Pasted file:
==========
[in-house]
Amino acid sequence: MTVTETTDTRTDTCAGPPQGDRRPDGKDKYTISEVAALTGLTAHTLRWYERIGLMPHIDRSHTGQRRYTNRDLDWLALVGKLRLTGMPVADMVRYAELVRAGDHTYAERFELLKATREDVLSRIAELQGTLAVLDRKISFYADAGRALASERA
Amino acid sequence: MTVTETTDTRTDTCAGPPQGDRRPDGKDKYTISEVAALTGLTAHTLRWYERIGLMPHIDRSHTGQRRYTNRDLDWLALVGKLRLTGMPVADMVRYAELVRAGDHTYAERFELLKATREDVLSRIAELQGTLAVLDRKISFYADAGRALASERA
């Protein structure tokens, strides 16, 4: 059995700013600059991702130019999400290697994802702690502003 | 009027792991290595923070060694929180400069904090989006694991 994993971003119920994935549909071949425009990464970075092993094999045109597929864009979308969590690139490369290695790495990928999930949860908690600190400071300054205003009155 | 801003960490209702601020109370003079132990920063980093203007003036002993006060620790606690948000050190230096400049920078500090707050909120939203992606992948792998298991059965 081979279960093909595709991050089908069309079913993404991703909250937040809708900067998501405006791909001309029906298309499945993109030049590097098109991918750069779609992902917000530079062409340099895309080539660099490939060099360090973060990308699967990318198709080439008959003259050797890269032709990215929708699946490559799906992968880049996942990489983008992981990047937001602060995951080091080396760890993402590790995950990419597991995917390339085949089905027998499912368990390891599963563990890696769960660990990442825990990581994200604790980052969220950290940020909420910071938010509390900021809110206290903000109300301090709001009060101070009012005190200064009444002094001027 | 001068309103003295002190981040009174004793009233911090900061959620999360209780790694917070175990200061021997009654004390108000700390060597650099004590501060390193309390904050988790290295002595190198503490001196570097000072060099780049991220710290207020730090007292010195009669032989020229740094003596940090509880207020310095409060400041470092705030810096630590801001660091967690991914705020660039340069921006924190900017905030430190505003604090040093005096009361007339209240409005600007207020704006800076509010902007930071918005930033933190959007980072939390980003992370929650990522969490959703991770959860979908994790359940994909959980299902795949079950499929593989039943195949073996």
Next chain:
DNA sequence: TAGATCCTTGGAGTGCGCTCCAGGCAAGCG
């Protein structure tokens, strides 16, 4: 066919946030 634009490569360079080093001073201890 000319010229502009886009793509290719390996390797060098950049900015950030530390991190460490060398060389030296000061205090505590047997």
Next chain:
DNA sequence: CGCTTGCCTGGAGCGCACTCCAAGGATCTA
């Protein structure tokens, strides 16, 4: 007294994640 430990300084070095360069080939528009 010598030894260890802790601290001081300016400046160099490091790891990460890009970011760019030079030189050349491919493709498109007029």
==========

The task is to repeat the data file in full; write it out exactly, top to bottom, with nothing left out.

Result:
[in-house]
Amino acid sequence: MTVTETTDTRTDTCAGPPQGDRRPDGKDKYTISEVAALTGLTAHTLRWYERIGLMPHIDRSHTGQRRYTNRDLDWLALVGKLRLTGMPVADMVRYAELVRAGDHTYAERFELLKATREDVLSRIAELQGTLAVLDRKISFYADAGRALASERA
Amino acid sequence: MTVTETTDTRTDTCAGPPQGDRRPDGKDKYTISEVAALTGLTAHTLRWYERIGLMPHIDRSHTGQRRYTNRDLDWLALVGKLRLTGMPVADMVRYAELVRAGDHTYAERFELLKATREDVLSRIAELQGTLAVLDRKISFYADAGRALASERA
């Protein structure tokens, strides 16, 4: 059995700013600059991702130019999400290697994802702690502003 | 009027792991290595923070060694929180400069904090989006694991 994993971003119920994935549909071949425009990464970075092993094999045109597929864009979308969590690139490369290695790495990928999930949860908690600190400071300054205003009155 | 801003960490209702601020109370003079132990920063980093203007003036002993006060620790606690948000050190230096400049920078500090707050909120939203992606992948792998298991059965 081979279960093909595709991050089908069309079913993404991703909250937040809708900067998501405006791909001309029906298309499945993109030049590097098109991918750069779609992902917000530079062409340099895309080539660099490939060099360090973060990308699967990318198709080439008959003259050797890269032709990215929708699946490559799906992968880049996942990489983008992981990047937001602060995951080091080396760890993402590790995950990419597991995917390339085949089905027998499912368990390891599963563990890696769960660990990442825990990581994200604790980052969220950290940020909420910071938010509390900021809110206290903000109300301090709001009060101070009012005190200064009444002094001027 | 001068309103003295002190981040009174004793009233911090900061959620999360209780790694917070175990200061021997009654004390108000700390060597650099004590501060390193309390904050988790290295002595190198503490001196570097000072060099780049991220710290207020730090007292010195009669032989020229740094003596940090509880207020310095409060400041470092705030810096630590801001660091967690991914705020660039340069921006924190900017905030430190505003604090040093005096009361007339209240409005600007207020704006800076509010902007930071918005930033933190959007980072939390980003992370929650990522969490959703991770959860979908994790359940994909959980299902795949079950499929593989039943195949073996």
Next chain:
DNA sequence: TAGATCCTTGGAGTGCGCTCCAGGCAAGCG
């Protein structure tokens, strides 16, 4: 066919946030 634009490569360079080093001073201890 000319010229502009886009793509290719390996390797060098950049900015950030530390991190460490060398060389030296000061205090505590047997």
Next chain:
DNA sequence: CGCTTGCCTGGAGCGCACTCCAAGGATCTA
């Protein structure tokens, strides 16, 4: 007294994640 430990300084070095360069080939528009 010598030894260890802790601290001081300016400046160099490091790891990460890009970011760019030079030189050349491919493709498109007029």